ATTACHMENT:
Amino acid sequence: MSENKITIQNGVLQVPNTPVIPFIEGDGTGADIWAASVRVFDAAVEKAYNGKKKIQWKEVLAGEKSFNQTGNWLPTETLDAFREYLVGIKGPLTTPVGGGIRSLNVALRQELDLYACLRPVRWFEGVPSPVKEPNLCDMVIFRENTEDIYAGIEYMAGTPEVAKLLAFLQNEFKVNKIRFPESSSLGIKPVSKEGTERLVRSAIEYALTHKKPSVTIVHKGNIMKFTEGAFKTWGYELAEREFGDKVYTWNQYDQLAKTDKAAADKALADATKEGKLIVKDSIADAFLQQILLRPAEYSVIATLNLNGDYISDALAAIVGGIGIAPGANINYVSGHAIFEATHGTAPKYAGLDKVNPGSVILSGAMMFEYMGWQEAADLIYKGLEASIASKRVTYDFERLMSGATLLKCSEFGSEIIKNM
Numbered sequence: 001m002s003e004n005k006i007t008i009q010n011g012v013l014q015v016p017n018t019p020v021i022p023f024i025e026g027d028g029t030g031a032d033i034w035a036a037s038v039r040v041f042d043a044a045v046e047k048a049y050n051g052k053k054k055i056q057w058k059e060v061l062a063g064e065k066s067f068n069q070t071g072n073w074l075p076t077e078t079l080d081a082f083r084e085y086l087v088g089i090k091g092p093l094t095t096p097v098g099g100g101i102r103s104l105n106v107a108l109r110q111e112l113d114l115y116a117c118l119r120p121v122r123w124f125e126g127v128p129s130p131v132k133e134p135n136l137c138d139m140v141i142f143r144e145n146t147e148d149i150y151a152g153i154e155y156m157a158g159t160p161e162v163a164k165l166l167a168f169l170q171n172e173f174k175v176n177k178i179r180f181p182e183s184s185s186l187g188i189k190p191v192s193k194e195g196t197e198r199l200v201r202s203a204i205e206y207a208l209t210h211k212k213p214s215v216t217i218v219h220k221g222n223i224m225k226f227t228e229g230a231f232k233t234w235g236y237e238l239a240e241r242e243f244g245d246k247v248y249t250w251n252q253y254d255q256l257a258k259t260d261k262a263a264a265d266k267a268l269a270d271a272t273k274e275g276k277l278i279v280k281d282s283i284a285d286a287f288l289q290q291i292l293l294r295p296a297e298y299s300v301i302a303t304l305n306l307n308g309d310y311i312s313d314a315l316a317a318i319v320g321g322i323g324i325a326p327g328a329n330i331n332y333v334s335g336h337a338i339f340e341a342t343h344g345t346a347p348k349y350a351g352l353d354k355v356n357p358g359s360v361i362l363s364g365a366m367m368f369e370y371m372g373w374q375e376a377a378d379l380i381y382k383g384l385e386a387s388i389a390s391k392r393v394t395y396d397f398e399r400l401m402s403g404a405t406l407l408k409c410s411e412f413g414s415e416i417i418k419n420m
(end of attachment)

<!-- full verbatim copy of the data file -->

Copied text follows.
Amino acid sequence: MSENKITIQNGVLQVPNTPVIPFIEGDGTGADIWAASVRVFDAAVEKAYNGKKKIQWKEVLAGEKSFNQTGNWLPTETLDAFREYLVGIKGPLTTPVGGGIRSLNVALRQELDLYACLRPVRWFEGVPSPVKEPNLCDMVIFRENTEDIYAGIEYMAGTPEVAKLLAFLQNEFKVNKIRFPESSSLGIKPVSKEGTERLVRSAIEYALTHKKPSVTIVHKGNIMKFTEGAFKTWGYELAEREFGDKVYTWNQYDQLAKTDKAAADKALADATKEGKLIVKDSIADAFLQQILLRPAEYSVIATLNLNGDYISDALAAIVGGIGIAPGANINYVSGHAIFEATHGTAPKYAGLDKVNPGSVILSGAMMFEYMGWQEAADLIYKGLEASIASKRVTYDFERLMSGATLLKCSEFGSEIIKNM
Numbered sequence: 001m002s003e004n005k006i007t008i009q010n011g012v013l014q015v016p017n018t019p020v021i022p023f024i025e026g027d028g029t030g031a032d033i034w035a036a037s038v039r040v041f042d043a044a045v046e047k048a049y050n051g052k053k054k055i056q057w058k059e060v061l062a063g064e065k066s067f068n069q070t071g072n073w074l075p076t077e078t079l080d081a082f083r084e085y086l087v088g089i090k091g092p093l094t095t096p097v098g099g100g101i102r103s104l105n106v107a108l109r110q111e112l113d114l115y116a117c118l119r120p121v122r123w124f125e126g127v128p129s130p131v132k133e134p135n136l137c138d139m140v141i142f143r144e145n146t147e148d149i150y151a152g153i154e155y156m157a158g159t160p161e162v163a164k165l166l167a168f169l170q171n172e173f174k175v176n177k178i179r180f181p182e183s184s185s186l187g188i189k190p191v192s193k194e195g196t197e198r199l200v201r202s203a204i205e206y207a208l209t210h211k212k213p214s215v216t217i218v219h220k221g222n223i224m225k226f227t228e229g230a231f232k233t234w235g236y237e238l239a240e241r242e243f244g245d246k247v248y249t250w251n252q253y254d255q256l257a258k259t260d261k262a263a264a265d266k267a268l269a270d271a272t273k274e275g276k277l278i279v280k281d282s283i284a285d286a287f288l289q290q291i292l293l294r295p296a297e298y299s300v301i302a303t304l305n306l307n308g309d310y311i312s313d314a315l316a317a318i319v320g321g322i323g324i325a326p327g328a329n330i331n332y333v334s335g336h337a338i339f340e341a342t343h344g345t346a347p348k349y350a351g352l353d354k355v356n357p358g359s360v361i362l363s364g365a366m367m368f369e370y371m372g373w374q375e376a377a378d379l380i381y382k383g384l385e386a387s388i389a390s391k392r393v394t395y396d397f398e399r400l401m402s403g404a405t406l407l408k409c410s411e412f413g414s415e416i417i418k419n420m